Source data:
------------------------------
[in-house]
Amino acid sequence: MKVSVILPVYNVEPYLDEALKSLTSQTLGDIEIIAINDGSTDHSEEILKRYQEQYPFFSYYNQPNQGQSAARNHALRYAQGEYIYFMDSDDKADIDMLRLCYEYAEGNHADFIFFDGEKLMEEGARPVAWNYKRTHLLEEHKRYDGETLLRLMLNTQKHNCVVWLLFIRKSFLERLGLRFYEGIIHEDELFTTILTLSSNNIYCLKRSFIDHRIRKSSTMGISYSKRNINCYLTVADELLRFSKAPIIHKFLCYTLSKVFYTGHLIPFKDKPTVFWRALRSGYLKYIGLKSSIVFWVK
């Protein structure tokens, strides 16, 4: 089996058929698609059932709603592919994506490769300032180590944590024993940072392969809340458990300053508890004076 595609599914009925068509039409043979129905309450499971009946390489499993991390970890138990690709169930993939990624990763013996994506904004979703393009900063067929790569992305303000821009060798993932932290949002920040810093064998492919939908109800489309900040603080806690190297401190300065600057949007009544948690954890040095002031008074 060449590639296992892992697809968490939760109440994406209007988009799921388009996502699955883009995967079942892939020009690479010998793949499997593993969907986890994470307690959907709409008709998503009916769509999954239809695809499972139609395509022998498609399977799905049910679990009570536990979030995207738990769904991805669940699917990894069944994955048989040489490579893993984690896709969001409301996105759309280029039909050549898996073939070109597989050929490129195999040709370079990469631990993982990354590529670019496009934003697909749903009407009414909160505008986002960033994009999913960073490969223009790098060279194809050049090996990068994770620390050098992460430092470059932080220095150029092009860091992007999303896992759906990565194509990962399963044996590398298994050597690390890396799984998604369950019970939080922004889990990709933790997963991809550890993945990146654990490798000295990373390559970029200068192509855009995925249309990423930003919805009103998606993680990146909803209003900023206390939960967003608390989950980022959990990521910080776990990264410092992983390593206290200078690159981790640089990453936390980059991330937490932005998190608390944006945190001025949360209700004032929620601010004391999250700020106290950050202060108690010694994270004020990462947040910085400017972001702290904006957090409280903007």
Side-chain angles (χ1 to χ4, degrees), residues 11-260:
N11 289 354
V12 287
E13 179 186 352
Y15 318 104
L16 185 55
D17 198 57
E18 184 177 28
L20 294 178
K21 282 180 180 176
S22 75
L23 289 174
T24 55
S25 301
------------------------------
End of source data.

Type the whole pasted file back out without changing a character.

[in-house]
Amino acid sequence: MKVSVILPVYNVEPYLDEALKSLTSQTLGDIEIIAINDGSTDHSEEILKRYQEQYPFFSYYNQPNQGQSAARNHALRYAQGEYIYFMDSDDKADIDMLRLCYEYAEGNHADFIFFDGEKLMEEGARPVAWNYKRTHLLEEHKRYDGETLLRLMLNTQKHNCVVWLLFIRKSFLERLGLRFYEGIIHEDELFTTILTLSSNNIYCLKRSFIDHRIRKSSTMGISYSKRNINCYLTVADELLRFSKAPIIHKFLCYTLSKVFYTGHLIPFKDKPTVFWRALRSGYLKYIGLKSSIVFWVK
């Protein structure tokens, strides 16, 4: 089996058929698609059932709603592919994506490769300032180590944590024993940072392969809340458990300053508890004076 595609599914009925068509039409043979129905309450499971009946390489499993991390970890138990690709169930993939990624990763013996994506904004979703393009900063067929790569992305303000821009060798993932932290949002920040810093064998492919939908109800489309900040603080806690190297401190300065600057949007009544948690954890040095002031008074 060449590639296992892992697809968490939760109440994406209007988009799921388009996502699955883009995967079942892939020009690479010998793949499997593993969907986890994470307690959907709409008709998503009916769509999954239809695809499972139609395509022998498609399977799905049910679990009570536990979030995207738990769904991805669940699917990894069944994955048989040489490579893993984690896709969001409301996105759309280029039909050549898996073939070109597989050929490129195999040709370079990469631990993982990354590529670019496009934003697909749903009407009414909160505008986002960033994009999913960073490969223009790098060279194809050049090996990068994770620390050098992460430092470059932080220095150029092009860091992007999303896992759906990565194509990962399963044996590398298994050597690390890396799984998604369950019970939080922004889990990709933790997963991809550890993945990146654990490798000295990373390559970029200068192509855009995925249309990423930003919805009103998606993680990146909803209003900023206390939960967003608390989950980022959990990521910080776990990264410092992983390593206290200078690159981790640089990453936390980059991330937490932005998190608390944006945190001025949360209700004032929620601010004391999250700020106290950050202060108690010694994270004020990462947040910085400017972001702290904006957090409280903007």
Side-chain angles (χ1 to χ4, degrees), residues 11-260:
N11 289 354
V12 287
E13 179 186 352
Y15 318 104
L16 185 55
D17 198 57
E18 184 177 28
L20 294 178
K21 282 180 180 176
S22 75
L23 289 174
T24 55
S25 301